Representing billions of dollars in annual technology spending, IT leaders from British Petroleum, Lockheed Martin, Unilever, and Kaiser Permanente made it clear that the software industry needs a new business model, better quality control, and closer product development ties with customers.
"The quality of software I'm getting from you people is abysmal," David Watson, Kaiser's chief technology officer, told an audience of several hundred software industry executives. "I'm looking for you all to have skin in the game with us. When it doesn't work, you all tend to wall yourselves off with warranty provisions." Watson is overseeing an IT department with a budget that's rising by 12% to 15% a year as it places big bets on IT enablement of health-care services.
Perhaps the most disturbing were the panelist's descriptions of software vendors compounding one problem with another. Neil Cameron, CIO of Unilever, which makes consumer goods ranging from Skippy peanut butter to Ben & Jerry's ice cream, said the software the company uses to run its various business units is making what should be a simple business painfully complex--thanks to issues such as buggy applications and the constant efforts to keep up with patch management.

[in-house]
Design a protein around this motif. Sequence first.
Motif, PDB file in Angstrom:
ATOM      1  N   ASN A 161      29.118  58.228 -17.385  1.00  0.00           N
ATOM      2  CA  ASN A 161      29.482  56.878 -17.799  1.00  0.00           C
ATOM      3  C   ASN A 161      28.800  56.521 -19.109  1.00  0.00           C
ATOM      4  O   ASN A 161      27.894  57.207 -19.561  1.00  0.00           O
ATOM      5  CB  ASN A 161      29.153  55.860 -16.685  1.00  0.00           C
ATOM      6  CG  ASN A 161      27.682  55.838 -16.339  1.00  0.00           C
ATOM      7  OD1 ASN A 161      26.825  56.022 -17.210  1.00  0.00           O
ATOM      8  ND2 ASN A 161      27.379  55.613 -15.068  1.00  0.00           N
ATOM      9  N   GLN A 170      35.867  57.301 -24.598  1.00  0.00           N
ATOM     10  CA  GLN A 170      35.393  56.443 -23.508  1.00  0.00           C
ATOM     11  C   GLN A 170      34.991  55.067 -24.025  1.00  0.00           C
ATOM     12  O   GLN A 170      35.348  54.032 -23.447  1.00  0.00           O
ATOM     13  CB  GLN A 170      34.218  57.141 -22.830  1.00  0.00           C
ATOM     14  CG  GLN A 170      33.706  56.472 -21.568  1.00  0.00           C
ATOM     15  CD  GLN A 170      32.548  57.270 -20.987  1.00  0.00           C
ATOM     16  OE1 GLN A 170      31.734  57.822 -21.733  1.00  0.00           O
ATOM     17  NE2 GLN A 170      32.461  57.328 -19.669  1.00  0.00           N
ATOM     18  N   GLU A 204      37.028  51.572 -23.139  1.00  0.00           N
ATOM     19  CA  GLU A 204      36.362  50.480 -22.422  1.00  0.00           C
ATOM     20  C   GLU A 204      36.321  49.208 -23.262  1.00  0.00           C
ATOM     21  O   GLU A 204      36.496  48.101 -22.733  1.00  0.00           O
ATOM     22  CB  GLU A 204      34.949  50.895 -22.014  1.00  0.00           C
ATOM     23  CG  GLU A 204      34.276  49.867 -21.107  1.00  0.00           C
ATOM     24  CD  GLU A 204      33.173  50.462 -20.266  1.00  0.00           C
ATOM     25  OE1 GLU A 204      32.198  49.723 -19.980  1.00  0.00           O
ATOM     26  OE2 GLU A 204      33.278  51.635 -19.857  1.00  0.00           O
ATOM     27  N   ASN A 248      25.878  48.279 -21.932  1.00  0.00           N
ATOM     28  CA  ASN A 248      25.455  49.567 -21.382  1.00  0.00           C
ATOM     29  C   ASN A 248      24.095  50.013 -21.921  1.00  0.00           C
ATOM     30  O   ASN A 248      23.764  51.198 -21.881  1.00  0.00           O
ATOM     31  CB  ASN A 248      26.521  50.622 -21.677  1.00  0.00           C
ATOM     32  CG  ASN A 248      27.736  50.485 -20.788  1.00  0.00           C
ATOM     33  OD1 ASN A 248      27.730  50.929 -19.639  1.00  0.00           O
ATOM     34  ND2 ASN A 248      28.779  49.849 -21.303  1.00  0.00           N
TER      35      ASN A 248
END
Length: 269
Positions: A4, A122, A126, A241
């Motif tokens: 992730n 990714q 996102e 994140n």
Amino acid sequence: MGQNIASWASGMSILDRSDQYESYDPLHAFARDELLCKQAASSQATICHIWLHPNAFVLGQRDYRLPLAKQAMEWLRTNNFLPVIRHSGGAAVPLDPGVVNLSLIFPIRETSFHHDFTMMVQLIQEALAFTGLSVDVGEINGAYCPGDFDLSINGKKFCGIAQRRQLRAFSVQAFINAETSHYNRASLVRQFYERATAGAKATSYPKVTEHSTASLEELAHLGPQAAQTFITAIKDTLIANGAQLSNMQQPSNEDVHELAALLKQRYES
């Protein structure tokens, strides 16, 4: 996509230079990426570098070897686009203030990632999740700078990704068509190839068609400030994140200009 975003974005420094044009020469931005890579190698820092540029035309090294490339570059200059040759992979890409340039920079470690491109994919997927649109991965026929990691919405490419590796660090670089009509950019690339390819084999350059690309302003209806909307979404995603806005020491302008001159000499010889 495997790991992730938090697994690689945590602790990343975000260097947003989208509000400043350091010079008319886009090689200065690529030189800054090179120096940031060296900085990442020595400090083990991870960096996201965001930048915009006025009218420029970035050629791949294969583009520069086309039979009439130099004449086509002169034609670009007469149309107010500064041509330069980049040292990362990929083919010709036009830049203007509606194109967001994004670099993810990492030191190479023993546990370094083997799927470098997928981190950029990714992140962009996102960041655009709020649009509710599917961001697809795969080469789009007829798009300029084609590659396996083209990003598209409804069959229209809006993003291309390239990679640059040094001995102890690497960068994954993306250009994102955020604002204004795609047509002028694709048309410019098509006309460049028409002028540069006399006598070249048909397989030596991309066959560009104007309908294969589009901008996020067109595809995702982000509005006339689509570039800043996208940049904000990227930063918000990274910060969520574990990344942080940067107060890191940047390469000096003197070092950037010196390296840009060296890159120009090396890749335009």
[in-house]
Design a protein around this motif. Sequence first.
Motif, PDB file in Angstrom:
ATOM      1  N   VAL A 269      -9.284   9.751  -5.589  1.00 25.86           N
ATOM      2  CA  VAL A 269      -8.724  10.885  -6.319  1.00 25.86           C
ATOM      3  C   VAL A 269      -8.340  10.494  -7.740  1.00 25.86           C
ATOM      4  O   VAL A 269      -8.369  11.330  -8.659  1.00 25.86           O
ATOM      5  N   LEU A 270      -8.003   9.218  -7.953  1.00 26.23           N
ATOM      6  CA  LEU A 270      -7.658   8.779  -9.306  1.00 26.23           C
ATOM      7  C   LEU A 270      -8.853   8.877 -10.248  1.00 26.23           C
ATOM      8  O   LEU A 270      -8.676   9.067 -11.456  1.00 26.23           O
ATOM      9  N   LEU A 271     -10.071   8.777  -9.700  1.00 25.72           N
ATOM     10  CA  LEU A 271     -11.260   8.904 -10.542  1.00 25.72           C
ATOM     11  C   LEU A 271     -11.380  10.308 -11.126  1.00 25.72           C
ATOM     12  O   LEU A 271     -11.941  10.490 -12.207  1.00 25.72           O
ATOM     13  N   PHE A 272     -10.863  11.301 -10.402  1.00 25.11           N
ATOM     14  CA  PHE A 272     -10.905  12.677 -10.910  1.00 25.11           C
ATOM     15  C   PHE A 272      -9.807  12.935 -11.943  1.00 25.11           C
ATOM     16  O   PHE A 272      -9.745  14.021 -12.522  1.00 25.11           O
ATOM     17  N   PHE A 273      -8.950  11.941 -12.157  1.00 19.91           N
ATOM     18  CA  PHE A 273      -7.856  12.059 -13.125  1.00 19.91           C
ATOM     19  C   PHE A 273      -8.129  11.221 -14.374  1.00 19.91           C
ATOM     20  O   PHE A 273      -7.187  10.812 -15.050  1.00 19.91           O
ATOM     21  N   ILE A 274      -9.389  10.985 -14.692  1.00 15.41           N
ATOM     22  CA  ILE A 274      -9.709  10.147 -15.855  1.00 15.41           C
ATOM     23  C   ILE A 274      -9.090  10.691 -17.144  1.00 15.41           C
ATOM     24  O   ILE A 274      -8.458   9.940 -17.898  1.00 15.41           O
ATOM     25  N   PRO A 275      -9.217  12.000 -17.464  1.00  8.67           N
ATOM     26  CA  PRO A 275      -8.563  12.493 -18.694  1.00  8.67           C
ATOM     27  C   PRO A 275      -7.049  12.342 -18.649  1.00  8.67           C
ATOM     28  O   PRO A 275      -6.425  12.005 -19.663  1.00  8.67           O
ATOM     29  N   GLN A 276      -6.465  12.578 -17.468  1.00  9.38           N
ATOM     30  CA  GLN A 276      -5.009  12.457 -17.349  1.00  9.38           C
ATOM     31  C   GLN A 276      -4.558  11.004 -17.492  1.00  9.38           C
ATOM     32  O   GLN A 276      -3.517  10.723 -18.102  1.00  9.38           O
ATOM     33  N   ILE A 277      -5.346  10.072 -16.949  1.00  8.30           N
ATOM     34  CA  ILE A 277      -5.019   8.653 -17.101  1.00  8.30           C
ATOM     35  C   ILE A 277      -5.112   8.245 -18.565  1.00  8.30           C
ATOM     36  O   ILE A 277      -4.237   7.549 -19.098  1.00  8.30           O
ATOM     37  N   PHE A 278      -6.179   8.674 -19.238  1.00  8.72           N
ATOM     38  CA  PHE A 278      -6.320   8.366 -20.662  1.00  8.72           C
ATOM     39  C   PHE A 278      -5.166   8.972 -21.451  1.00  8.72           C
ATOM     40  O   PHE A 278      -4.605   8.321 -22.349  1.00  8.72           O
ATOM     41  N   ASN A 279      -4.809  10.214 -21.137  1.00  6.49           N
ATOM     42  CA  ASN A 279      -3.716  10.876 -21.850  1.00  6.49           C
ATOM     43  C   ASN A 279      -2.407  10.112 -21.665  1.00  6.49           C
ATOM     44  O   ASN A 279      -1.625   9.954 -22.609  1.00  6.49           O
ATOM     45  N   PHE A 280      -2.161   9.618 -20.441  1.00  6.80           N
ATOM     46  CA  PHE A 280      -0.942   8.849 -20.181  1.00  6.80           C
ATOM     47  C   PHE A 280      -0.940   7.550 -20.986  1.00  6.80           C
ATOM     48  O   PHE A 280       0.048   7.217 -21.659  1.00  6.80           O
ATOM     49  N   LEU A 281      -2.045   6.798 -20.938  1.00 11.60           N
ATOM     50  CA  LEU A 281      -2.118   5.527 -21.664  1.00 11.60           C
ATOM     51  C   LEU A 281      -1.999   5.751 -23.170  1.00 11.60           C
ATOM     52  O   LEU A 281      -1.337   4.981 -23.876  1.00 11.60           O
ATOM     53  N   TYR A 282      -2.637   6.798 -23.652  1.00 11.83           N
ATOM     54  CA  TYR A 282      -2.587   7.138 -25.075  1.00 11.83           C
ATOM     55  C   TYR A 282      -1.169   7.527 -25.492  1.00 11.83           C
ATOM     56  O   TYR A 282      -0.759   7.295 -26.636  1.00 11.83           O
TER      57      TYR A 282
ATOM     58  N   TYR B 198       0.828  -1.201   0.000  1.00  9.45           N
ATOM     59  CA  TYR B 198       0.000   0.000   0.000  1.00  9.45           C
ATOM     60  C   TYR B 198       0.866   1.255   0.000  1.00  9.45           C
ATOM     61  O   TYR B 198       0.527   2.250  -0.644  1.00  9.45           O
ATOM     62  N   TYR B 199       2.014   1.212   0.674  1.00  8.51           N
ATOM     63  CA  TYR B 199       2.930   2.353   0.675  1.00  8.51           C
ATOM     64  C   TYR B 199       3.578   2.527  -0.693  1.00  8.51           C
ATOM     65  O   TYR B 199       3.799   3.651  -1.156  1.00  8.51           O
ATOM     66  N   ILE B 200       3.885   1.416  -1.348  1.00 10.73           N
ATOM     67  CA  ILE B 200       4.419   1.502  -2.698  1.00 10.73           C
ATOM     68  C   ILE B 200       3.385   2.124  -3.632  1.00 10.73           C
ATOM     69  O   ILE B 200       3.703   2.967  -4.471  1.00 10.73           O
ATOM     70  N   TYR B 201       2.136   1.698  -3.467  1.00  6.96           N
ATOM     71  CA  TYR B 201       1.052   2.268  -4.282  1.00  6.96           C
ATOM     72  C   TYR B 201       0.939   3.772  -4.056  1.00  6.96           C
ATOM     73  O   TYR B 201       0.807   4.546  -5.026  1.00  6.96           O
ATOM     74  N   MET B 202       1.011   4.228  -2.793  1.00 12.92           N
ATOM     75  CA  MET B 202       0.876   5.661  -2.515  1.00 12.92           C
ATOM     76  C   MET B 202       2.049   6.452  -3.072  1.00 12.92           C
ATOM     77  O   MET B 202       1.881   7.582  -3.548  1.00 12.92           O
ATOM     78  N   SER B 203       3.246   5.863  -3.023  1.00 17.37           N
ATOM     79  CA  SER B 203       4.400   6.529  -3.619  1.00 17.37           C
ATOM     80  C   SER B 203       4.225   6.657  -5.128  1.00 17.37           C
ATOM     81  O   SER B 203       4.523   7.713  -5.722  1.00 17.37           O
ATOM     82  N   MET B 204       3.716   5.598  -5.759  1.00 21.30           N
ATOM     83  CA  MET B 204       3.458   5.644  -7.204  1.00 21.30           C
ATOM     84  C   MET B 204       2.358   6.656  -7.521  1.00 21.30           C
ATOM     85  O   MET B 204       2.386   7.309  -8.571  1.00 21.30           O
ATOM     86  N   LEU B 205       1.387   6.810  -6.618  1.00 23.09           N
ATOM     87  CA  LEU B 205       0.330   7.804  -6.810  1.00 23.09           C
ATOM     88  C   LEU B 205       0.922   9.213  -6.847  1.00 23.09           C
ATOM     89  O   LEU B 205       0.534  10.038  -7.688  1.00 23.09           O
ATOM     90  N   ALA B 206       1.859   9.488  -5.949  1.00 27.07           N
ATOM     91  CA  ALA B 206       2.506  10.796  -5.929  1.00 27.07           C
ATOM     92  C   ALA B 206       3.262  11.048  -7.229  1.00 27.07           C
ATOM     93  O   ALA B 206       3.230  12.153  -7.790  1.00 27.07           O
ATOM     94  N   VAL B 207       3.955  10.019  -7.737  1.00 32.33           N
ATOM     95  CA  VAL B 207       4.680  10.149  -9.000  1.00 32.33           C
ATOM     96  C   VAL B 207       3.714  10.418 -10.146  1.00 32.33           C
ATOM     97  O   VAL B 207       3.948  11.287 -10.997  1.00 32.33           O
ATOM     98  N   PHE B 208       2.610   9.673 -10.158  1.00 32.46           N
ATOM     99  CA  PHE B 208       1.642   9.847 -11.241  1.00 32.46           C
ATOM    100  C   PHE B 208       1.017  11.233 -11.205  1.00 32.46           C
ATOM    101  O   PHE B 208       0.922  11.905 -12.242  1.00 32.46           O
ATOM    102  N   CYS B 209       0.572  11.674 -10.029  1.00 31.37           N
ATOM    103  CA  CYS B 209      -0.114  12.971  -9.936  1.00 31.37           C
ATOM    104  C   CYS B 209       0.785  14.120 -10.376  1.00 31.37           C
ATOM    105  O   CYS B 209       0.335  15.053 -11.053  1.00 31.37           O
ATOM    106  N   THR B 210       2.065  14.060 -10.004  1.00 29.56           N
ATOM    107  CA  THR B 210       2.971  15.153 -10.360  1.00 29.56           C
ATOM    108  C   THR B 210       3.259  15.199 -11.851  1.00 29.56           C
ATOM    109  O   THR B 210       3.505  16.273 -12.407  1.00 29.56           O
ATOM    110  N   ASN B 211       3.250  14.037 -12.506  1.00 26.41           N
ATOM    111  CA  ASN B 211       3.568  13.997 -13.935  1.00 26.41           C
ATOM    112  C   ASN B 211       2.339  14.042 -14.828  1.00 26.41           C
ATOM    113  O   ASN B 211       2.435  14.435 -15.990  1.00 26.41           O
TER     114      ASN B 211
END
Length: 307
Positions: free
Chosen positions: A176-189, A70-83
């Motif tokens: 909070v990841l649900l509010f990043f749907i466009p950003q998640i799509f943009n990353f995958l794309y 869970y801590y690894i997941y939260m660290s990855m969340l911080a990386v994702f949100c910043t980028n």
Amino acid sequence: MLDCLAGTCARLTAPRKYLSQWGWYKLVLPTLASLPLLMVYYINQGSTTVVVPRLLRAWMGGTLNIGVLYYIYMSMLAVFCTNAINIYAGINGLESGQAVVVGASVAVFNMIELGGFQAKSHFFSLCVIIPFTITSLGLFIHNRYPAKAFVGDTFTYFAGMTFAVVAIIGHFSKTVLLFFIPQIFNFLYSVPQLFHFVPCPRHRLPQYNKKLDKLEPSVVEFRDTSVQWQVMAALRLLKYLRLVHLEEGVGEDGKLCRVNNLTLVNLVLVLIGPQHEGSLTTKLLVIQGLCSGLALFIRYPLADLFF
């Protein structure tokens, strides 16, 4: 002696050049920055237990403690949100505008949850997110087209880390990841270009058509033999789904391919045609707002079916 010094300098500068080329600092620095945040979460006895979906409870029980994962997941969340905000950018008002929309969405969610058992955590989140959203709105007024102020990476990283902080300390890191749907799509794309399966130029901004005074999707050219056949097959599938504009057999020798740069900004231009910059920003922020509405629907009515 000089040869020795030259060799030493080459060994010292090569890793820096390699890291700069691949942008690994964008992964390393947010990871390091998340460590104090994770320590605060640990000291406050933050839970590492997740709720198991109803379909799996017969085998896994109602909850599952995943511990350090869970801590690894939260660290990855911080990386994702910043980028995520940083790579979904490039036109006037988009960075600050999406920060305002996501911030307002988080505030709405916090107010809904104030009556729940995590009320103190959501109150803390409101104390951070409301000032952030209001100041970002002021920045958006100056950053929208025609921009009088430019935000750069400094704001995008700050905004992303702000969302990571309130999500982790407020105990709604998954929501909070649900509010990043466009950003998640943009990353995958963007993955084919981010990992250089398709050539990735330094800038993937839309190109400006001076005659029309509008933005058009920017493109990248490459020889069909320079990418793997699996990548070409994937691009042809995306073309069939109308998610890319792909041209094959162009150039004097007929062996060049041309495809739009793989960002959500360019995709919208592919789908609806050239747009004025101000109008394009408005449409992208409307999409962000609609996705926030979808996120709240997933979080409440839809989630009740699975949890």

And because many of those buggy applications also happen to be expensive, Cameron said he ends up fielding tough questions from other Unilever execs as to why the company is paying so much for software that doesn't deliver equal value in terms of business benefits. "Everything is conspiring against me to spend less with you guys."
The panelists agreed that software security issues are taking up too much of their time and money, and that a portion of the blame for that lies with the vendors. They also said software vendors still haven't figured out to come to them before designing products to ensure that they're building applications that companies actually need.
Along those lines, John Leggate, CIO and group VP of digital and communications technology for British Petroleum, suggested a possible fix: software fees based solely on business outcomes. Leggate suggested vendors should spend more time collaboratively developing products with their customers and less time debating licensing contracts. "We're spending an amazing amount of man hours negotiating and squabbling," he said. "That's no way to have a relationship. We want to get past the discussion about the money."
Leggate also provided a reminder to the software community of who has the power: Of BP's $2 billion in annual IT spending, he said just $120 million is earmarked for software, and that $90 million of that goes toward renewing existing licenses. That means intense competition for just $30 million in new software investments.